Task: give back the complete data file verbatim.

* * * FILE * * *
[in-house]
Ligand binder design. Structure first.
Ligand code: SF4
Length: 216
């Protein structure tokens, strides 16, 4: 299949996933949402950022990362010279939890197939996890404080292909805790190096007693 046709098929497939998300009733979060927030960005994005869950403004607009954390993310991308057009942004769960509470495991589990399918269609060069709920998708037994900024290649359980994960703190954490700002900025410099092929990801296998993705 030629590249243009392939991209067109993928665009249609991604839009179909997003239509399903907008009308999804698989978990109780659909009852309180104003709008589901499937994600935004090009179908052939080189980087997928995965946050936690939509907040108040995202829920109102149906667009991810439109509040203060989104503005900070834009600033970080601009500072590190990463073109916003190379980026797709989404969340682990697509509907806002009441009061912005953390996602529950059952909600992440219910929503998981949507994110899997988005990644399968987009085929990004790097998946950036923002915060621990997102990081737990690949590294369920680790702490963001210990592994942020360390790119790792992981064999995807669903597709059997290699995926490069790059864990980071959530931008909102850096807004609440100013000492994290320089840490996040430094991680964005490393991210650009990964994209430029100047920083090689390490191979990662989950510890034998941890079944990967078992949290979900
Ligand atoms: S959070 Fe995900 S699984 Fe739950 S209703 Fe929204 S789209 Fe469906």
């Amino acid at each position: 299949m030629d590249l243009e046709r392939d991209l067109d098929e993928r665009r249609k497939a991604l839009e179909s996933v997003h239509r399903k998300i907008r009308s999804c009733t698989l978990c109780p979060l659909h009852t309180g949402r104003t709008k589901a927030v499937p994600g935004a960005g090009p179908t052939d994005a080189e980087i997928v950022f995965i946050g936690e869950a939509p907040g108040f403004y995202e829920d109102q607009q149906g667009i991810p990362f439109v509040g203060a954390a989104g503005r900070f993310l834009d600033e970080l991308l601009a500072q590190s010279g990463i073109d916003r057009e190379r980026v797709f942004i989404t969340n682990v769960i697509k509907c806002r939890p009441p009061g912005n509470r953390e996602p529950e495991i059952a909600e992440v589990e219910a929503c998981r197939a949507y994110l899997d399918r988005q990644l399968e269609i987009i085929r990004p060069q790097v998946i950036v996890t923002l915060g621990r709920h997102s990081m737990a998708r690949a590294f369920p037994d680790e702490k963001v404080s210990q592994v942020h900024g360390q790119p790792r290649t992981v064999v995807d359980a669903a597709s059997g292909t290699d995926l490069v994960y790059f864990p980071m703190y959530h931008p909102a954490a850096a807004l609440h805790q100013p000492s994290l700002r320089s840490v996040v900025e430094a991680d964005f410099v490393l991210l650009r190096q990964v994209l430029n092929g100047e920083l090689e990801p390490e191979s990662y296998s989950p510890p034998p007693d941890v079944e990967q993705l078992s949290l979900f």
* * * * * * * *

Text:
[in-house]
Ligand binder design. Structure first.
Ligand code: SF4
Length: 216
């Protein structure tokens, strides 16, 4: 299949996933949402950022990362010279939890197939996890404080292909805790190096007693 046709098929497939998300009733979060927030960005994005869950403004607009954390993310991308057009942004769960509470495991589990399918269609060069709920998708037994900024290649359980994960703190954490700002900025410099092929990801296998993705 030629590249243009392939991209067109993928665009249609991604839009179909997003239509399903907008009308999804698989978990109780659909009852309180104003709008589901499937994600935004090009179908052939080189980087997928995965946050936690939509907040108040995202829920109102149906667009991810439109509040203060989104503005900070834009600033970080601009500072590190990463073109916003190379980026797709989404969340682990697509509907806002009441009061912005953390996602529950059952909600992440219910929503998981949507994110899997988005990644399968987009085929990004790097998946950036923002915060621990997102990081737990690949590294369920680790702490963001210990592994942020360390790119790792992981064999995807669903597709059997290699995926490069790059864990980071959530931008909102850096807004609440100013000492994290320089840490996040430094991680964005490393991210650009990964994209430029100047920083090689390490191979990662989950510890034998941890079944990967078992949290979900
Ligand atoms: S959070 Fe995900 S699984 Fe739950 S209703 Fe929204 S789209 Fe469906």
């Amino acid at each position: 299949m030629d590249l243009e046709r392939d991209l067109d098929e993928r665009r249609k497939a991604l839009e179909s996933v997003h239509r399903k998300i907008r009308s999804c009733t698989l978990c109780p979060l659909h009852t309180g949402r104003t709008k589901a927030v499937p994600g935004a960005g090009p179908t052939d994005a080189e980087i997928v950022f995965i946050g936690e869950a939509p907040g108040f403004y995202e829920d109102q607009q149906g667009i991810p990362f439109v509040g203060a954390a989104g503005r900070f993310l834009d600033e970080l991308l601009a500072q590190s010279g990463i073109d916003r057009e190379r980026v797709f942004i989404t969340n682990v769960i697509k509907c806002r939890p009441p009061g912005n509470r953390e996602p529950e495991i059952a909600e992440v589990e219910a929503c998981r197939a949507y994110l899997d399918r988005q990644l399968e269609i987009i085929r990004p060069q790097v998946i950036v996890t923002l915060g621990r709920h997102s990081m737990a998708r690949a590294f369920p037994d680790e702490k963001v404080s210990q592994v942020h900024g360390q790119p790792r290649t992981v064999v995807d359980a669903a597709s059997g292909t290699d995926l490069v994960y790059f864990p980071m703190y959530h931008p909102a954490a850096a807004l609440h805790q100013p000492s994290l700002r320089s840490v996040v900025e430094a991680d964005f410099v490393l991210l650009r190096q990964v994209l430029n092929g100047e920083l090689e990801p390490e191979s990662y296998s989950p510890p034998p007693d941890v079944e990967q993705l078992s949290l979900f």